Google-owned YouTube recently got a total revamp of its YouTube Music app to more closely match and better improve upon the functionality of Google Play Music, but according to YouTube product head T Jay Fowler, the two apps aren’t quite ready to converge just yet. Fowler says that the newer app still has a good number of key features it needs to have ported over from Google Play Music before it’s ready to serve fully as a replacement. This will also give users time top prepare before being forced to make the jump between the two.
For starters, one of the most important features of Google Play Music is the ability to upload your own music and have it waiting for you in the cloud, freeing users to no longer have to manage and sync their collection on each device they own. User profiles and curation also have to make their way over. All of this will take time to develop and implement. It is also worth noting that YouTube Music is missing one important feature for those who don’t subscribe to YouTube Red: the ability to turn off the screen and have music continue playing. The massive screens on modern mobile devices are, for the most part, what drains their batteries more than anything else, and there are many who use Google Play Music as a way to stream music without having to have their screen on, sucking up battery and taking in unwanted touches, possibly firing up other apps or doing other unintended things. Fowler did not mention that detail, though it’s likely that Google will add in some concession to non-subscribers before taking Google Play Music off the air for good.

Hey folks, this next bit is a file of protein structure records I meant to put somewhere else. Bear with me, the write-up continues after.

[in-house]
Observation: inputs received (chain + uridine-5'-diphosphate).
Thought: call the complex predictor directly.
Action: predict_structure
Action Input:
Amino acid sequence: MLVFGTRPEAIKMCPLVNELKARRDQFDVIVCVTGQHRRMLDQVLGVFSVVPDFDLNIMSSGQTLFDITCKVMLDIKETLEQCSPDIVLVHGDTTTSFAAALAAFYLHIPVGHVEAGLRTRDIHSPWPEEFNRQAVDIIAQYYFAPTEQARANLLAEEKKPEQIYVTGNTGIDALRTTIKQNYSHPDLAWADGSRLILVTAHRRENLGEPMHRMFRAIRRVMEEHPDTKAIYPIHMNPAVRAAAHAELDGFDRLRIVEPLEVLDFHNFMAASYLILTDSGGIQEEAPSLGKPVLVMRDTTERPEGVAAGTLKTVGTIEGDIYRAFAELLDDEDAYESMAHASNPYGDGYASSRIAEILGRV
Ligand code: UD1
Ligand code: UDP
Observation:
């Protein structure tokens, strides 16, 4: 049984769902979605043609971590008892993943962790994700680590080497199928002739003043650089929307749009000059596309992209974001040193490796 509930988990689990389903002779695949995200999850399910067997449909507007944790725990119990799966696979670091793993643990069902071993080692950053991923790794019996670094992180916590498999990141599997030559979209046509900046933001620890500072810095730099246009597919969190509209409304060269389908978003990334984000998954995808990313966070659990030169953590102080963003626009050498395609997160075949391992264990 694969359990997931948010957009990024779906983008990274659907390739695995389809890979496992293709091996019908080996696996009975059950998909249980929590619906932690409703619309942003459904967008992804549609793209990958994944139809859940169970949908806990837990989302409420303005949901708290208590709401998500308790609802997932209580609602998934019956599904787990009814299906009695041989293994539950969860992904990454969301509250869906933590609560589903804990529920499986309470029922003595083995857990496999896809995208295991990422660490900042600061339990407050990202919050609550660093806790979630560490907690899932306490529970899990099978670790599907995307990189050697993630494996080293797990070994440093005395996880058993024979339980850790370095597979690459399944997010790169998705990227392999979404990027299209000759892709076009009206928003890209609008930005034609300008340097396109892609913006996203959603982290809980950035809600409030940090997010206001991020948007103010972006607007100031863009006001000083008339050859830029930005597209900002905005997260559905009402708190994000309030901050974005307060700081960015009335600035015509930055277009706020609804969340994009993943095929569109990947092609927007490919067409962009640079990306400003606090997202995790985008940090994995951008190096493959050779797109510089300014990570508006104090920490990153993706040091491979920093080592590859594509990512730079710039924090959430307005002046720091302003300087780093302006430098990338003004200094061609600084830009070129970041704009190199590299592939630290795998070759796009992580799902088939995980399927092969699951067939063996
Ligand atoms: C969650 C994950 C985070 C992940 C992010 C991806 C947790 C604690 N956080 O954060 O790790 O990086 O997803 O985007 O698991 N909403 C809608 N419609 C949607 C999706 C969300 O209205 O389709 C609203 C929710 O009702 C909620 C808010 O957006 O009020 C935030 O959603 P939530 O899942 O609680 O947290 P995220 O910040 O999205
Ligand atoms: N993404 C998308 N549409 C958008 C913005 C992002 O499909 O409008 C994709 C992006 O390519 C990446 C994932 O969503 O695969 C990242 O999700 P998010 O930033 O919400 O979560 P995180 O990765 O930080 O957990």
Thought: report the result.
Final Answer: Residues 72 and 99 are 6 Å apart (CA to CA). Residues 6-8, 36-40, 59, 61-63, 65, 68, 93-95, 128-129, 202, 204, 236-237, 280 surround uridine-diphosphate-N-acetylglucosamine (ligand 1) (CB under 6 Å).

YouTube Music has been a bit of a black sheep since its release, essentially providing a front end with a bit of enhanced music functionality for YouTube. Many, of course, chose to simply stick with the default YouTube app when they wanted music that wasn’t in their personal collection or available on Google Play Music, such as covers and fan songs by YouTube singers, or international music that was out of reach of Google Play Music’s catalog. This convergence, which began in earnest earlier this year and is just now coming to fruition, seeks to give YouTube Music a purpose and eliminate Google Play Music altogether, rendering it redundant.